If someone could put together a project box that had all that, and enough battery power to run the OI and radio for say 15-20 minutes, I would would be very happy. I’m not to worried about getting all the channels, or knowing exactly what the OI is trying to say the the AC, but being able to conveniently power and disable the OI would be worlds better then the current mess of a dongle we use (ACK! which switch is disable? Crap! that was auto! ACK!).

While I was thinking about my ideal dongle switch, I thought that while training new drivers, it would be fun and maybe even useful to flip a switch and simulate a faliure on the bot. Perhaps knock out one side of a drive train, or simulate a breaker tripping. I see a lot of drivers who panic and don’t understand why the bot ‘won’t go’. If they had some experenice, they might understand that a breaker has over heated, and needs to cool.

I guess thats more of a software deal, but any thoughts on that?

-Andy A.

I just looked at the OI reference guide. Building a box to intentionally screw up your robot should be no harder than building a box to control your robot for any other purpose. Assuming you use the buttons on Port 1, you have four digital inputs–eight if you disable them on Port 1. Additionally, you have four analog inputs to work with as well. If you wire up a set of resistors connected to switches, you should be able to have many potential issues. Then just add a smidge of code to set your PWM values to 127 (or whatever it’d be stuck as).

Just make sure to keep that box clear of the competition!

Why not get a power inverter that plugs into your car’s cigarette lighter and has a standard AC outlet. Replace lighter end with the anderson connector used for batteries. Then you can hook it up one of your extra batteries.

Wouldn’t it be cheaper just to regulate the battery and feed that to the OI directly?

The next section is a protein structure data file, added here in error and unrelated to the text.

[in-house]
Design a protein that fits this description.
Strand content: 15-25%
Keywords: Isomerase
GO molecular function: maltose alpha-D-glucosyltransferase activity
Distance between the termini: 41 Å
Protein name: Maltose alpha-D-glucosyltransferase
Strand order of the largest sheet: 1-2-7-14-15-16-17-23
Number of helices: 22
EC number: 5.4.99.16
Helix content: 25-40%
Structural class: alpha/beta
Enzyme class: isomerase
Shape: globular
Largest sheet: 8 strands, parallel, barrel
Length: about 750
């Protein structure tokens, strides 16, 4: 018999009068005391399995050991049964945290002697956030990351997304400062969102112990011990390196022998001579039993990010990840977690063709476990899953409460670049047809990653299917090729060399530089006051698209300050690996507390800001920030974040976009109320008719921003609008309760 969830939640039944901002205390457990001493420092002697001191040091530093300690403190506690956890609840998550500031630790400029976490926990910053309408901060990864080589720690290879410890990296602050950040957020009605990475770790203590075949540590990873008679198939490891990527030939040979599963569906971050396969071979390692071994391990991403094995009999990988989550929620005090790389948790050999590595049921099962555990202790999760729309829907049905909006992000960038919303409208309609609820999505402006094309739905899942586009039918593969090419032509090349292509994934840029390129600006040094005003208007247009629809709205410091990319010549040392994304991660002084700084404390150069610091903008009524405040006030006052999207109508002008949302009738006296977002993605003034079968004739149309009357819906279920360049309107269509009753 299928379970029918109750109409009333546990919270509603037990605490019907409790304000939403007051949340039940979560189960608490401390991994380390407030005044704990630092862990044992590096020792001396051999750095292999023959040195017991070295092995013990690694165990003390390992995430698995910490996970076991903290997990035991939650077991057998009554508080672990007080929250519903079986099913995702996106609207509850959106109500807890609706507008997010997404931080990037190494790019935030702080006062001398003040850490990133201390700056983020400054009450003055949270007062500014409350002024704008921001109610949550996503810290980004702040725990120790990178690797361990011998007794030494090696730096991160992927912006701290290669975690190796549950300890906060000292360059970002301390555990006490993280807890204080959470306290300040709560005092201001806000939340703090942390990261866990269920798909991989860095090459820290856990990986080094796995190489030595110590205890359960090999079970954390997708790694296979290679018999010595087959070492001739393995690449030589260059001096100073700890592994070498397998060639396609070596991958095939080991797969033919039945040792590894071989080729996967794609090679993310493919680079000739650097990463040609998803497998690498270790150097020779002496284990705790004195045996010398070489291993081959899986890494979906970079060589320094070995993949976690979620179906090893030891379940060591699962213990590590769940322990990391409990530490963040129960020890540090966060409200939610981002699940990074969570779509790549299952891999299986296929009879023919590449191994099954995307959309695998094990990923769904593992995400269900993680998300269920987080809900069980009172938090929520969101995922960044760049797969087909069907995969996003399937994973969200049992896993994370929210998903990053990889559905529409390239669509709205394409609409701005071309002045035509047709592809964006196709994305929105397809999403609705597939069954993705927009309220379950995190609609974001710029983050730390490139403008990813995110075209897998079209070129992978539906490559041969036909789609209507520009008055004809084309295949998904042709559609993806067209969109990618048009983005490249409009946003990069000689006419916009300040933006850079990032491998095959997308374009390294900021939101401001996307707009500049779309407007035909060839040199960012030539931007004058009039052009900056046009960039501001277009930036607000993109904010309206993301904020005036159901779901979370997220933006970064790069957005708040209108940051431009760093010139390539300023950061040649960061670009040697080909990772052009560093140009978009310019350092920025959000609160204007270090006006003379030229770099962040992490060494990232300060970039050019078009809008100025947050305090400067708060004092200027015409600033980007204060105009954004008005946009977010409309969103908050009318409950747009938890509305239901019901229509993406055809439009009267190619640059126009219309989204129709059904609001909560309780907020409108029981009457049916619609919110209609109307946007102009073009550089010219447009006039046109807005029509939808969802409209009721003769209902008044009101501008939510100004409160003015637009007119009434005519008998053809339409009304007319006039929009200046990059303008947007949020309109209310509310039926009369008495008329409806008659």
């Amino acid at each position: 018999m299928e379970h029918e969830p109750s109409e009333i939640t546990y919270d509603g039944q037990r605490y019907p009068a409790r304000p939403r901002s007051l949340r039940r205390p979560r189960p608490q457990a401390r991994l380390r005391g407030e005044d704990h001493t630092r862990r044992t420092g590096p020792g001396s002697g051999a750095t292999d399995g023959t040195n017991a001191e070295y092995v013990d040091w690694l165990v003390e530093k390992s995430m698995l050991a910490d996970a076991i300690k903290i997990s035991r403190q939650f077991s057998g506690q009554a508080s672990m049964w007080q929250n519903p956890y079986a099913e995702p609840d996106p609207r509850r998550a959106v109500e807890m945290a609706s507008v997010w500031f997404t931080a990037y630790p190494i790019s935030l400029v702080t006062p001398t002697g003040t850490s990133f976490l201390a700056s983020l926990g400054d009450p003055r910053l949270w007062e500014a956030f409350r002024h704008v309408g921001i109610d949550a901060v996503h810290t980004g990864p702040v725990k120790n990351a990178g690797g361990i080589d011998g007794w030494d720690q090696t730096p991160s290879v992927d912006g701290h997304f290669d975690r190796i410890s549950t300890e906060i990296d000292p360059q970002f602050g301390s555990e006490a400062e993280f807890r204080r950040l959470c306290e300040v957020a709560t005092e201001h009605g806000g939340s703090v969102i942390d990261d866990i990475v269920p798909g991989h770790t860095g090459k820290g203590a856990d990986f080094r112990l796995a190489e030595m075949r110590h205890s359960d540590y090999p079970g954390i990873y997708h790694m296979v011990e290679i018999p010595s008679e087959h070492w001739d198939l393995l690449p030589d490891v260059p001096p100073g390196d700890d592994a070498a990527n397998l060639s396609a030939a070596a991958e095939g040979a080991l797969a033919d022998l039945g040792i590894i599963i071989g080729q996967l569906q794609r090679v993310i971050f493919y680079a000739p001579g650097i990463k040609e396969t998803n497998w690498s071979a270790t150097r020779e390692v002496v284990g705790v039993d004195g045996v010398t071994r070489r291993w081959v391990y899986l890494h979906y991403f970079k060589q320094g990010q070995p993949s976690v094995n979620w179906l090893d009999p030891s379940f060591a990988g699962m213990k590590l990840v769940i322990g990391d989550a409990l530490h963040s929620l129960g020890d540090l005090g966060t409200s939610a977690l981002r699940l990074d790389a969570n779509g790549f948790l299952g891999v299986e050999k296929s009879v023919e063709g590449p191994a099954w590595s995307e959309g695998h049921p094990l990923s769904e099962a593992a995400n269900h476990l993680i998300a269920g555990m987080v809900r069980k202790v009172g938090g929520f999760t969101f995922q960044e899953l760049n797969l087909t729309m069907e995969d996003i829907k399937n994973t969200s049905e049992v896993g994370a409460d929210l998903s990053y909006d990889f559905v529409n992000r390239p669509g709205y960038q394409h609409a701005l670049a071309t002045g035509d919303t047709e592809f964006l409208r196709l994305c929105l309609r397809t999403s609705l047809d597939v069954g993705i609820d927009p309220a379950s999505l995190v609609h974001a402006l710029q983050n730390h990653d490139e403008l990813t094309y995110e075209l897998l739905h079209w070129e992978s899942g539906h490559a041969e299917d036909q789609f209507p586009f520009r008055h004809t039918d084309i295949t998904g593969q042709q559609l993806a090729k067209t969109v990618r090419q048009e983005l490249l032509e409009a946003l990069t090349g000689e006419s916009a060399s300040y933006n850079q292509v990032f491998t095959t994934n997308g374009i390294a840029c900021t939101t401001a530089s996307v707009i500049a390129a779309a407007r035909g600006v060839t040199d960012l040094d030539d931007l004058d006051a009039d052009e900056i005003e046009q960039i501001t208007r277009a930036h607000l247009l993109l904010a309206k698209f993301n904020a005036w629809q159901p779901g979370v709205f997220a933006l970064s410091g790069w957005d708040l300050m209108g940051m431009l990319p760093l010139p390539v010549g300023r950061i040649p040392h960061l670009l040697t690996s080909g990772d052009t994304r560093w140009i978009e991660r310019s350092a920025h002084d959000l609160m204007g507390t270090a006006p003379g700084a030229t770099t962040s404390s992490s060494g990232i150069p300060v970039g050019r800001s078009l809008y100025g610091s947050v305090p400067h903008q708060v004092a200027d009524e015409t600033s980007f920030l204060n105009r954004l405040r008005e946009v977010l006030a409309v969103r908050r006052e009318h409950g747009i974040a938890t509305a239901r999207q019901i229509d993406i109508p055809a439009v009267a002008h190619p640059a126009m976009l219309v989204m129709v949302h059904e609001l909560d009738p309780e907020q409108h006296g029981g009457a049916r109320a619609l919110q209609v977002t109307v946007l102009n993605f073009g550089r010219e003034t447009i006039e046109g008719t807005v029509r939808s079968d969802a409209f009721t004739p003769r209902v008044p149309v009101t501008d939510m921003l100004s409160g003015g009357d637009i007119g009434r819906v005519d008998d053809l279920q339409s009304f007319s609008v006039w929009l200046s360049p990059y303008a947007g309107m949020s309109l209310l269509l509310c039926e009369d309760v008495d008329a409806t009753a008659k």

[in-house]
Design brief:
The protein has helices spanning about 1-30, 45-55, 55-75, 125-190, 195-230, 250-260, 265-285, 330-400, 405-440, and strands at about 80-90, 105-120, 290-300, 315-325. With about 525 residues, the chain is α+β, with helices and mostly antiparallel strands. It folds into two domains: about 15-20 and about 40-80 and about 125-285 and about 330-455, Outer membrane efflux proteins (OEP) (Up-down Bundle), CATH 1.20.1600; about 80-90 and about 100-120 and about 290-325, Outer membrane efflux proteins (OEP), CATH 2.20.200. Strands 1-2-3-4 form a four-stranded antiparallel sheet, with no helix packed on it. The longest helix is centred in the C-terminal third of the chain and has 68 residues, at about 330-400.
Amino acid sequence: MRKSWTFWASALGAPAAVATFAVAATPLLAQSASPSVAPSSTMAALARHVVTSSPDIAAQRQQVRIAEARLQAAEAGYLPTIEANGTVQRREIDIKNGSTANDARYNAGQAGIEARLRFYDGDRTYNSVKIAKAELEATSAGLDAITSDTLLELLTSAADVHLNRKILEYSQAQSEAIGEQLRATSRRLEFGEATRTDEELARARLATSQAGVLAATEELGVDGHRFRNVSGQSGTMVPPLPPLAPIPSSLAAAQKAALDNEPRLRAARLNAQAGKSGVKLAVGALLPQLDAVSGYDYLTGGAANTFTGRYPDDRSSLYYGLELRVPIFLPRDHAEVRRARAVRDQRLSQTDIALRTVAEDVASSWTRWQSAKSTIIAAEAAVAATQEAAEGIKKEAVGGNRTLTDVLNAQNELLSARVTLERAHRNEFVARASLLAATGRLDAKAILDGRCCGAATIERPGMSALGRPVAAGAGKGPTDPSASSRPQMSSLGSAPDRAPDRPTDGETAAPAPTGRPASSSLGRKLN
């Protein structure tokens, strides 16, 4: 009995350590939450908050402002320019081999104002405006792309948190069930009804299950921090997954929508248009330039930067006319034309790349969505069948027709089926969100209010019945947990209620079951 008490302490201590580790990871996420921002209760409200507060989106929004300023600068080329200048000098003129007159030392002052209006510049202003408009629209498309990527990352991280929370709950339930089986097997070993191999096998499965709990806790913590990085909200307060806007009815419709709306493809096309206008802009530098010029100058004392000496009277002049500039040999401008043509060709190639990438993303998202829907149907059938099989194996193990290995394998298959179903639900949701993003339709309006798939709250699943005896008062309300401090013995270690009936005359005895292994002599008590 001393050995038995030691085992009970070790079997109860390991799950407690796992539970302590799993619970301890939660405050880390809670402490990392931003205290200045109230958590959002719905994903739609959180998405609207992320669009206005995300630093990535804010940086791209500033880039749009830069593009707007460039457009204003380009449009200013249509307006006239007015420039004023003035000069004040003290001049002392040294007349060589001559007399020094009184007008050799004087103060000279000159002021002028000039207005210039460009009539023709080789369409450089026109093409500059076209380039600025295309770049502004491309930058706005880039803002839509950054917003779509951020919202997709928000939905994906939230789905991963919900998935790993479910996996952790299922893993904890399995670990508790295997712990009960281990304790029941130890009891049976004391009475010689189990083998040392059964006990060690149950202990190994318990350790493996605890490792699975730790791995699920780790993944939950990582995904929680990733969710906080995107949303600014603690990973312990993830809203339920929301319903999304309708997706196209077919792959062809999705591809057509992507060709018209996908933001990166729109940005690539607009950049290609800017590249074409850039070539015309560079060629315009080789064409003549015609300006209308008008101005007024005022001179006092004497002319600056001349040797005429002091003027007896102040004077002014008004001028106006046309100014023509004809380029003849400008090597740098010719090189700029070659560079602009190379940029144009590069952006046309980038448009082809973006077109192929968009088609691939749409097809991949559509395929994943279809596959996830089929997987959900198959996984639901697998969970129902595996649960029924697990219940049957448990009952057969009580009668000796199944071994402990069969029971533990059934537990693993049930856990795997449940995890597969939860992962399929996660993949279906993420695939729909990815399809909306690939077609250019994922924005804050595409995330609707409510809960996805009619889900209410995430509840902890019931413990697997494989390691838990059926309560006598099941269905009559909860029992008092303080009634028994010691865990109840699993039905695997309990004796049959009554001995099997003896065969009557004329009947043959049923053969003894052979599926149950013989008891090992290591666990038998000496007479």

We were hoping to completely duplicate competition control as much as possible. All you practically need is the pin-out, but we also want to provide power, radio and change team color. In other words, they would plug in competition and be provided everything that happens in a competition. It would be very useful for training new drivers.

You don’t even need to regulate it, the OI will be happy with 12 V (after all, that’s what it gets when the tether cable is connected).

I still dont see why it would be necessary to have a “super dongle” the dongle we use is a box with three labled switches, Auto, Practice and Power. Team color an easily be done just go to radioshack and buy a couple of blue and a couple of red led’s. The power would not be any more compact if it was a power supply to the competition port than if it was going to the regular pin for the power. It is impractical for IFI to release anything more than they have done.

If you want to simulate problema and you use less than 4 joysticks then get the pinout for these joysticks and make a switch box that would attach to the pins for yaxis x axis and all of the buttons. Then in the code p4_y could do something like cut power to the motors or rest the circuit breakers. If I remember there are 12 different inputs for each joystick, 4 for the hat 2 each for the x and y axis 2 buttons on top, one button by the thumb and the trigger. by wiring these to switches and assigning a binary number to each possible thing to go wrong you could have 2^12 or 4096 different problems. The software would see what switches were open and what was closed and then simulate the problem. Doing this now would also give you a nice set of switches to use as preprogrammed arm posistions or to use to reset pots in competition. This may be a more practicle use of your time than building a “super dongle”

Security through obscurity is never a good tactic. Look at a commonly used program that some of you may know, Windows. It’s source code is not available to the public. Because of this, it is harder to write virii (because you can’t see evident holes, you must find them.) Now look at an open-source operating system, Linux. You could see the code and find holes, but for some reason there are less virii for Linux than for Windows. (Yes, I know it may be because of less Linux users… but my point is still valid.)

If somebody wanted to go through the trouble of making a killer robot, finding the funding, etc. they will go through the trouble of figuring out IFI’s pinout positions. Right now they are just penalizing teams that may want to use it for legitimate, helpful, purposes… such as TonzOfun.

Open the protocol/pin diagrams.

Actually, it’s very frequently a good tactic, so long as it’s not the only tactic. Why make it easier for someone to compromise the system? Just make sure that if it’s guarding something important, there are other measures to prevent unauthorized access.

As for the Windows-Linux analogy, I don’t think that that really helps your point. You’ve pointed to a correlation, but haven’t established causation—there are many more facets to that issue that should be considered.

By the way, it’s not “virii”, it’s “viruses”, both in English and Latin. Here’s why. (Scroll down…the article tackles other, related issues first.)